After a night of rough and restless sleep (for me, at least), we woke up, finished loading our personal gear into the large packs, had a quickstart breakfast, and gathered at the Chevy Suburban with the trailer of canoes behind it. We were fitted for PFDs and paddles, endured more of the orientation guy, and finally hit the road back down the Gunflint Trail to our put-in.

Beyond the dry facts of these few paragraphs are eight personal and constantly reshaping perspectives about the moments of the week as they rose and fell, like waves beneath the hull of a ready canoe. Next, I’ll attempt to express some that were my own.

[Additional pictures of this trip are posted on my Flickr site. You can see them by clicking here.]

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Published in: on August 31, 2008 at 10:04 pm  Leave a Comment  

An Update on My Oak Tree

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As you can see from the photos, the beautiful white oak in my back yard is not surviving the lightning strike. (Here’s the previous post in case some readers missed it.) It looks so much smaller than it did before. Do trees shrink as the sap stops flowing and the leaves dry up?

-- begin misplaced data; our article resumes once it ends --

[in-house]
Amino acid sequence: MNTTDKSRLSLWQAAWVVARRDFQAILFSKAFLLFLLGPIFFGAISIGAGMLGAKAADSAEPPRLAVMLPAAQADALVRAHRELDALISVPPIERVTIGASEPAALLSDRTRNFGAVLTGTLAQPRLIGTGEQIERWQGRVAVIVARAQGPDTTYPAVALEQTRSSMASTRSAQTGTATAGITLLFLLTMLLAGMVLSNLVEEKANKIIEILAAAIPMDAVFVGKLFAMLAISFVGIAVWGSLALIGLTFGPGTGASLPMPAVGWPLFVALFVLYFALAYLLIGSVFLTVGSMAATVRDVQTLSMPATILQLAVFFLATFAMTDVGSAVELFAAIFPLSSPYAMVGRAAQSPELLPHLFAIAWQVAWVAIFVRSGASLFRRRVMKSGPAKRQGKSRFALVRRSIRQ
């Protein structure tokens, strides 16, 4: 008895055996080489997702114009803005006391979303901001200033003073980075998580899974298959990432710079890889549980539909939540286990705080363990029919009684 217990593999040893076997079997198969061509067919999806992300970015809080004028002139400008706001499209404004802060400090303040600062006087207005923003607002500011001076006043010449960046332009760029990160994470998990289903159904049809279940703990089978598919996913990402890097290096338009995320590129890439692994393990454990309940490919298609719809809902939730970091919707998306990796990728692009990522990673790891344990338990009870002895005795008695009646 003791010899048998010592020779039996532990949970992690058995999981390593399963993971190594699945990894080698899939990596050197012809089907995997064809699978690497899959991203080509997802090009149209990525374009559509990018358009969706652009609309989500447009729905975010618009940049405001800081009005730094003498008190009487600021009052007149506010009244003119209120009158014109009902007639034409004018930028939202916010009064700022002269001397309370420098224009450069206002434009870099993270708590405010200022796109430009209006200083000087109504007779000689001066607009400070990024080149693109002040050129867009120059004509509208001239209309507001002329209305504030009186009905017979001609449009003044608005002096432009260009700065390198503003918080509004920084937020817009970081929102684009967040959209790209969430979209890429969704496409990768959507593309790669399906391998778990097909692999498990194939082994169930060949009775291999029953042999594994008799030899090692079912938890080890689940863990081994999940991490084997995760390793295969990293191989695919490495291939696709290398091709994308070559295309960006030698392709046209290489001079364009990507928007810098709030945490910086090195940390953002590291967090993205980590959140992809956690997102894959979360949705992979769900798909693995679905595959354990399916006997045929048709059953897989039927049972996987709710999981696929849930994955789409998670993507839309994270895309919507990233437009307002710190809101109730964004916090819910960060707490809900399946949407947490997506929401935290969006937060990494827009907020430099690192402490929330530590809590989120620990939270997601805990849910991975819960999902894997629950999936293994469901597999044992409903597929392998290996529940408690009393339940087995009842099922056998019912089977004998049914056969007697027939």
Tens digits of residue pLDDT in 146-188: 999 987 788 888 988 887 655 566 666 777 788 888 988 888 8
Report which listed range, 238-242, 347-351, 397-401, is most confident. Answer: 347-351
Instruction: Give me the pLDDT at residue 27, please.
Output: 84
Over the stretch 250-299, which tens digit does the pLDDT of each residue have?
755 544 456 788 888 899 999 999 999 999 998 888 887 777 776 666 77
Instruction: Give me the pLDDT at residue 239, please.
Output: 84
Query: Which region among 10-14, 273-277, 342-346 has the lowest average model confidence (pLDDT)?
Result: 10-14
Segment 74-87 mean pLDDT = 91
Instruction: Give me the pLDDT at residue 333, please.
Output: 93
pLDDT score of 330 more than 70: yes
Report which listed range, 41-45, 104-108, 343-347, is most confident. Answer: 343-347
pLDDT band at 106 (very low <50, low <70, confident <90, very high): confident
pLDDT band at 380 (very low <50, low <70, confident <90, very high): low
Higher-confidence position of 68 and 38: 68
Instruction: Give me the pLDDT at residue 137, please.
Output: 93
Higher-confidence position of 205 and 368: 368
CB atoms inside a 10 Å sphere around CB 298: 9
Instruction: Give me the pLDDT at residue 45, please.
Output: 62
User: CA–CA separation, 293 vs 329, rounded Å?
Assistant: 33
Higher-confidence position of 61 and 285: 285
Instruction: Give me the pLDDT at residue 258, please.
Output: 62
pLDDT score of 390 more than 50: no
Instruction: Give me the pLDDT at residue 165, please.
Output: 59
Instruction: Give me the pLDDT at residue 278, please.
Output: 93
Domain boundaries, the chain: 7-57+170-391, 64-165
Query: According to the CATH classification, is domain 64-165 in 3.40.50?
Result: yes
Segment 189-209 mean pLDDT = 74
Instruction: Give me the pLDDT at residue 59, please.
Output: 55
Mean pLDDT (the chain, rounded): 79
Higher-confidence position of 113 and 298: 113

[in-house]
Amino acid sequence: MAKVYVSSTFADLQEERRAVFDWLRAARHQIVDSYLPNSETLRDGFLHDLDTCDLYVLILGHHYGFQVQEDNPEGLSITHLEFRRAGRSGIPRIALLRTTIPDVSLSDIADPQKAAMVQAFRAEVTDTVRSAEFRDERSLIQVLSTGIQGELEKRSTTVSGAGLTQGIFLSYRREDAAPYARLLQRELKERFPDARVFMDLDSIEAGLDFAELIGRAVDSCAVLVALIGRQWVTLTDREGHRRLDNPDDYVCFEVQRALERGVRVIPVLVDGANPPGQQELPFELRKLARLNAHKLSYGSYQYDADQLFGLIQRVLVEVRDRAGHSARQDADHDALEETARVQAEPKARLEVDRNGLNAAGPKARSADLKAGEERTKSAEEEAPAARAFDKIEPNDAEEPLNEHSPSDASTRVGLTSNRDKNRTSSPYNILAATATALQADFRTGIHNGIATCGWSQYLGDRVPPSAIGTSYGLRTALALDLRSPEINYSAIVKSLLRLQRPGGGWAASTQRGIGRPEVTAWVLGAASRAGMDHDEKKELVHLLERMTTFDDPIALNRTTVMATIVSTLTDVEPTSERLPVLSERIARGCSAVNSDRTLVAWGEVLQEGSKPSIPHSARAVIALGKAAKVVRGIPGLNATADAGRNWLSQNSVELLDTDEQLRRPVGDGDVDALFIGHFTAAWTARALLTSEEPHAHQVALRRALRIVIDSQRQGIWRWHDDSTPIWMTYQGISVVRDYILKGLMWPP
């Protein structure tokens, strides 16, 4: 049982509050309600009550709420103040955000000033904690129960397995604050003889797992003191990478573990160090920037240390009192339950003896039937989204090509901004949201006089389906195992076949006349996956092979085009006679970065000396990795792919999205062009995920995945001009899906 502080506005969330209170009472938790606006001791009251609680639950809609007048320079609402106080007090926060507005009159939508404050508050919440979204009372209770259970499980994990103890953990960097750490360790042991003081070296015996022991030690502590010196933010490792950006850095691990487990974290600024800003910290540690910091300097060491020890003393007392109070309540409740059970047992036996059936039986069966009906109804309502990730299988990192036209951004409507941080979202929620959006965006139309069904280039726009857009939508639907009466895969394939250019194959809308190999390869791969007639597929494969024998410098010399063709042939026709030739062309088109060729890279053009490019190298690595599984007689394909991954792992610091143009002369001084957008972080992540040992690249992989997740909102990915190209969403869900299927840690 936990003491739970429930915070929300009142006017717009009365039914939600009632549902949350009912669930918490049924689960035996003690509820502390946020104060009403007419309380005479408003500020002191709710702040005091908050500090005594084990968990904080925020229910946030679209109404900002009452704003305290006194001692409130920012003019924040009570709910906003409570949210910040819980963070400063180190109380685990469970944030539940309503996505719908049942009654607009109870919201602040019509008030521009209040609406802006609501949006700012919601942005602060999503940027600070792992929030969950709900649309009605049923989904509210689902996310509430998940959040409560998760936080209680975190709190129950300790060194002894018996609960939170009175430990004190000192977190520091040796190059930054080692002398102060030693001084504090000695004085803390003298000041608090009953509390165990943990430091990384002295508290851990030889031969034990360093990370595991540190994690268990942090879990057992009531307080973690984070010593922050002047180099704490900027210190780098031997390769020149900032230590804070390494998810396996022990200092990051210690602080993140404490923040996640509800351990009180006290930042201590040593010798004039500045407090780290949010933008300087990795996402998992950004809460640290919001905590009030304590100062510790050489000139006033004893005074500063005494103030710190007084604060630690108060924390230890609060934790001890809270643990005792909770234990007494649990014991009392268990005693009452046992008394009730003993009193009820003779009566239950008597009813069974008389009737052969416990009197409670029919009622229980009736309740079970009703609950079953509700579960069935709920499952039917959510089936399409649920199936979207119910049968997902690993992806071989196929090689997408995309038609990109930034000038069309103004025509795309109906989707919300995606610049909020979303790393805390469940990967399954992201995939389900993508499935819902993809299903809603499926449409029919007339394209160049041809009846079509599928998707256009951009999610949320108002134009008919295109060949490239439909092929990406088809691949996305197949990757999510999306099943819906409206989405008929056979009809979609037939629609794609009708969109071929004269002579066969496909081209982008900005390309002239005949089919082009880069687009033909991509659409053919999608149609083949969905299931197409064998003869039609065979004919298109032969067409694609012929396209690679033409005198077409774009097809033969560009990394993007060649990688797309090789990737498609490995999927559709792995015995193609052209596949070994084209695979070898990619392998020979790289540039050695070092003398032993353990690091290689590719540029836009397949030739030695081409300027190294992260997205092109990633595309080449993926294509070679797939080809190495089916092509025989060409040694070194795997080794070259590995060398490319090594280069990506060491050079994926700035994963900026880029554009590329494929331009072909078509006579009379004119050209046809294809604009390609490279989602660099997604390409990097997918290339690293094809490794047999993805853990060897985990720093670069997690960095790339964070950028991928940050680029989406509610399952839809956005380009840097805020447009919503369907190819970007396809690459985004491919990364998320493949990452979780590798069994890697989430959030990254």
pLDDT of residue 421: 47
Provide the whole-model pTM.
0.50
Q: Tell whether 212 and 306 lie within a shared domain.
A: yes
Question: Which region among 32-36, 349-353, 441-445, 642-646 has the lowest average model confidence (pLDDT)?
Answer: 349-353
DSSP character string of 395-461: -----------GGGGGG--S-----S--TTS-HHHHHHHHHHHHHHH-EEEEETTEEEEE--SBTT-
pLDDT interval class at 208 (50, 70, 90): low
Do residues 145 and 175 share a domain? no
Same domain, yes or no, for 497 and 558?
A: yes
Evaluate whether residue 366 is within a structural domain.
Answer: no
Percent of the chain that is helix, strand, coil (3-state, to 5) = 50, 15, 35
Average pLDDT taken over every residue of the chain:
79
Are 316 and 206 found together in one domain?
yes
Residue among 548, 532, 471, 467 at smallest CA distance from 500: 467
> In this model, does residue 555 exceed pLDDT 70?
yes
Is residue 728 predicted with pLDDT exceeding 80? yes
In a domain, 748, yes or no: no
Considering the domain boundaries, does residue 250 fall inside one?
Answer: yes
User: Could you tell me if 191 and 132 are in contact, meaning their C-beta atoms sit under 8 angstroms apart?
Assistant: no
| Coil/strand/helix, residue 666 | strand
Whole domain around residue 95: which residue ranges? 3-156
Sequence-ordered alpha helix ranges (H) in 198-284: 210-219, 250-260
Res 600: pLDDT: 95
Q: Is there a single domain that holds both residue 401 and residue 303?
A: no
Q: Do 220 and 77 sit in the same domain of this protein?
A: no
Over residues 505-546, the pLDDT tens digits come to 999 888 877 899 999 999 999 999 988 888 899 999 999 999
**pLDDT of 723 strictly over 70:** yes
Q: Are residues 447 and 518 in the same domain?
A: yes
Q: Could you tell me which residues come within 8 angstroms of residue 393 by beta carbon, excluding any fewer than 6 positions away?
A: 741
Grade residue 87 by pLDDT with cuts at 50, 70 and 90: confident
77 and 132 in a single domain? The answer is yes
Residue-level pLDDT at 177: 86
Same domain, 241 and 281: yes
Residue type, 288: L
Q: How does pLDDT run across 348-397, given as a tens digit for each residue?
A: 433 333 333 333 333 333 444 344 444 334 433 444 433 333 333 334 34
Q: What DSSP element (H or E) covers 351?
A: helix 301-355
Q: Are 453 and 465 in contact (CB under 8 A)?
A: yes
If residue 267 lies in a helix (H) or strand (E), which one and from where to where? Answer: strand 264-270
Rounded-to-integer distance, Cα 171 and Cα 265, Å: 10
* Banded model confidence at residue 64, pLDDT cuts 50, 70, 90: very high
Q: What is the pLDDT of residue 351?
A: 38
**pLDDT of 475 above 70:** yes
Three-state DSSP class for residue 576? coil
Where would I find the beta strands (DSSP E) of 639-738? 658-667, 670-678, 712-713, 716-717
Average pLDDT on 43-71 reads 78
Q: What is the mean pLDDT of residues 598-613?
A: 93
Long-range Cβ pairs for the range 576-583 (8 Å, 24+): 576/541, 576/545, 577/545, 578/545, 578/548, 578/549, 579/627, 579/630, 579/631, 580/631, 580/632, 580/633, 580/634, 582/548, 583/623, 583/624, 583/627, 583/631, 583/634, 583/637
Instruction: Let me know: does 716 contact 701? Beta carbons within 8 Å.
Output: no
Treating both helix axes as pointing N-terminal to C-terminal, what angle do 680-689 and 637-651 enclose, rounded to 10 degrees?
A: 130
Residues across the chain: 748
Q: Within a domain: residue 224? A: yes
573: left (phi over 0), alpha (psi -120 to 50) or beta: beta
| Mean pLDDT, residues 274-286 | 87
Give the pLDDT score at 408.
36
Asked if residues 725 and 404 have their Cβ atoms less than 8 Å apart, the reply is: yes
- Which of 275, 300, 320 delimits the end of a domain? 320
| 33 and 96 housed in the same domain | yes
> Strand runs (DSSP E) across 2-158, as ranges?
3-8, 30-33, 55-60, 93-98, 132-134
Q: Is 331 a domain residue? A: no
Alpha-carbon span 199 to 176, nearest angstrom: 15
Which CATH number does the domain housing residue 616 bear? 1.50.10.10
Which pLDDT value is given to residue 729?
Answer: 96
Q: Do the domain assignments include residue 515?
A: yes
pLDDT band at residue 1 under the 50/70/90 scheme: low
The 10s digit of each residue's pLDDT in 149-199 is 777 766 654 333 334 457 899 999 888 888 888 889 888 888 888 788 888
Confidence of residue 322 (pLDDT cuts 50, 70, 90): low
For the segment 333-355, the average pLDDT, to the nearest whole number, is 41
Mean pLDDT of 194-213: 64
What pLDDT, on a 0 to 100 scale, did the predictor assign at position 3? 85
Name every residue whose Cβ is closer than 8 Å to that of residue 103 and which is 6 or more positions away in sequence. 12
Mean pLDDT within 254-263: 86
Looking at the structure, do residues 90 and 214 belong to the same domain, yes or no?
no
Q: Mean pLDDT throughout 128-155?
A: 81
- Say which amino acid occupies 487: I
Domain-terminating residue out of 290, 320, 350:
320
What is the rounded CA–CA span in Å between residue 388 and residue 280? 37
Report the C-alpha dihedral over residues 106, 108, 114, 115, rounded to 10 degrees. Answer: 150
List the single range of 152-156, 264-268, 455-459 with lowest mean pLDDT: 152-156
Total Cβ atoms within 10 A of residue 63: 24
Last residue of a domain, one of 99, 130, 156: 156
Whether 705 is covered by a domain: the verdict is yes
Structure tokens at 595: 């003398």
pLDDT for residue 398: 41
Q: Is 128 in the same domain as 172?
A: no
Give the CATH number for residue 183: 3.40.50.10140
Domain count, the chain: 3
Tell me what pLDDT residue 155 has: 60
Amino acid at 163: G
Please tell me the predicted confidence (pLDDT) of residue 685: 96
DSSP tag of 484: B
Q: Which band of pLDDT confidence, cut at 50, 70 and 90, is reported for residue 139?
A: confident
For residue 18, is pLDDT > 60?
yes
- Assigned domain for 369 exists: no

For size comparison, this washed-out photo shows the larger white oak to the left of the dying one.
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Here it is from the front yard, looking between two much smaller trees: a post oak on the right and a mockernut hickory on the left.

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Of course the church will have to hire a service to remove the tree, situated as it is between the parsonage and the apartment. Faulkner will have to be temporarily relocated for all that action. I wonder if anyone cruising eBay might be interested in purchasing an entire tree that was struck by a massive bolt of lightning. Pickup only!